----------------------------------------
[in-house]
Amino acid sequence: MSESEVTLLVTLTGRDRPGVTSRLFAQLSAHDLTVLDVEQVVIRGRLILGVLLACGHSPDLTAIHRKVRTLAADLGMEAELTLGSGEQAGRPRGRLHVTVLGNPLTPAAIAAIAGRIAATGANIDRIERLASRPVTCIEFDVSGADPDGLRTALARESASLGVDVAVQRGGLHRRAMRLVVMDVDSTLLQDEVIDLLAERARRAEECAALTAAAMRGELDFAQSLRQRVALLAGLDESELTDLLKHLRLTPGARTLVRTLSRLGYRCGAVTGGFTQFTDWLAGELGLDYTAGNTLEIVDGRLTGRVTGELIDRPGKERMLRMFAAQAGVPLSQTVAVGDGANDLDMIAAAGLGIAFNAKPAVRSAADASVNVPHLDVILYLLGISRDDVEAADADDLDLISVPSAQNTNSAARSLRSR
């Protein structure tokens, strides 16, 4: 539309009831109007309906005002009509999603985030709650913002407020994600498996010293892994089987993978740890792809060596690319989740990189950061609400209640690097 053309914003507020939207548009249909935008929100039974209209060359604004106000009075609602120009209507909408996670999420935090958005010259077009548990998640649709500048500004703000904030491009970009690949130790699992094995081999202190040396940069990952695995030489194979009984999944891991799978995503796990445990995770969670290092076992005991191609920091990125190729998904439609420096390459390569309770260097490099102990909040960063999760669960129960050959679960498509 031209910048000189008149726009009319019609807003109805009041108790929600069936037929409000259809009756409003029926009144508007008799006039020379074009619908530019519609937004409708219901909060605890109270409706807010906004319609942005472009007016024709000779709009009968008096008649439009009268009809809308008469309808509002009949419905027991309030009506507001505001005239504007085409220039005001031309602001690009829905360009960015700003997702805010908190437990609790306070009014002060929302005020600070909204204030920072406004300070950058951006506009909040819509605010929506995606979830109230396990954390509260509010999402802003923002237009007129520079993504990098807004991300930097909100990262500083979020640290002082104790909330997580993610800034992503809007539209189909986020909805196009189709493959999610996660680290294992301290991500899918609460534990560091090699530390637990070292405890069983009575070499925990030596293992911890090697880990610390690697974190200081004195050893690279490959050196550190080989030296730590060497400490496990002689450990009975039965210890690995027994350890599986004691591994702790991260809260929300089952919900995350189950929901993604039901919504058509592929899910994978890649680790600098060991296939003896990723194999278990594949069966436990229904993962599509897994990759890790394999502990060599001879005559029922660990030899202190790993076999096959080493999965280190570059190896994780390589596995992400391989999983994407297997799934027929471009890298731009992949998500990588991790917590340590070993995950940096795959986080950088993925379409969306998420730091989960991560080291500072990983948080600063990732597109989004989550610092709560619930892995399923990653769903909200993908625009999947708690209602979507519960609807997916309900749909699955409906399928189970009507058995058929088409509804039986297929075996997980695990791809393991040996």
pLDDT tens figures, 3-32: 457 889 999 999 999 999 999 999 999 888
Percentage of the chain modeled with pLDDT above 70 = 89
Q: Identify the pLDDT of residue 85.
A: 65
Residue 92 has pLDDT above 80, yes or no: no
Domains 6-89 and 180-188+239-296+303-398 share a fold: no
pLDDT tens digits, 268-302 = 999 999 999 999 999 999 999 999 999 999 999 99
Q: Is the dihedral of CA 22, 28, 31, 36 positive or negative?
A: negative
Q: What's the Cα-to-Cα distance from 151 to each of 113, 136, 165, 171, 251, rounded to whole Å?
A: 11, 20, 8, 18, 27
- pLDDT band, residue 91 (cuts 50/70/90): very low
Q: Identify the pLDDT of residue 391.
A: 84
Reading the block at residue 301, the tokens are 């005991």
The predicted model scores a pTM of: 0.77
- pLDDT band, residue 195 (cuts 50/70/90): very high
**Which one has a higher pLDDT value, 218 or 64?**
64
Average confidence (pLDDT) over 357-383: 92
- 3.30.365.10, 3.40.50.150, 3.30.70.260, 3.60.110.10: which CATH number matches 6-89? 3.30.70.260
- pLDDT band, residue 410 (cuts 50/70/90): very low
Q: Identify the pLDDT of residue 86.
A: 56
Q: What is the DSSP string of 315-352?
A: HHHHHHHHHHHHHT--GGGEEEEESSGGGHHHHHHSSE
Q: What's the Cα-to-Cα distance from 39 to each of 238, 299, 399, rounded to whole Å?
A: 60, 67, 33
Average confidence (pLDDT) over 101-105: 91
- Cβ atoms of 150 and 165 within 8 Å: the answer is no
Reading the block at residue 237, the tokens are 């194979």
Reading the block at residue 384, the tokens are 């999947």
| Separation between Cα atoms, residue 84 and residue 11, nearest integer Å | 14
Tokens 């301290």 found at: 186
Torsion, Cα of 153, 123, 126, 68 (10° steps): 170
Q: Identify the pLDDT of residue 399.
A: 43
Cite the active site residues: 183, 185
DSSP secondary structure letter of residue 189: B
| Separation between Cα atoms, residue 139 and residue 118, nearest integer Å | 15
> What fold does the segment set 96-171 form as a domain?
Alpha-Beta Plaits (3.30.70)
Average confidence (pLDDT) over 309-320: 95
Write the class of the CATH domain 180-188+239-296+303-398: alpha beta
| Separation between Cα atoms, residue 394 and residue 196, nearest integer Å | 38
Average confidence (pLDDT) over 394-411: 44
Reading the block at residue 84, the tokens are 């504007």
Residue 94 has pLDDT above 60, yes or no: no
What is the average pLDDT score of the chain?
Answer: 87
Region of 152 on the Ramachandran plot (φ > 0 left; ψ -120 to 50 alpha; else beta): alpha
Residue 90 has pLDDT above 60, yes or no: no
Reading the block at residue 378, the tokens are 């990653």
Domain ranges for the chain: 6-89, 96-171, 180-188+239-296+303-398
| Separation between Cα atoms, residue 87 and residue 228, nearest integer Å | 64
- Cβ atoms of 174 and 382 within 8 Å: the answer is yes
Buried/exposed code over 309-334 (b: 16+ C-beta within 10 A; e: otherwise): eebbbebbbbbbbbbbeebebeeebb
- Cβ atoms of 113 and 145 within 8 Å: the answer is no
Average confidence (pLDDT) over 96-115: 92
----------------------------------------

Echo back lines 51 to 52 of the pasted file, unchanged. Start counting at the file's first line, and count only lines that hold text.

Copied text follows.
Residue 94 has pLDDT above 60, yes or no: no
What is the average pLDDT score of the chain?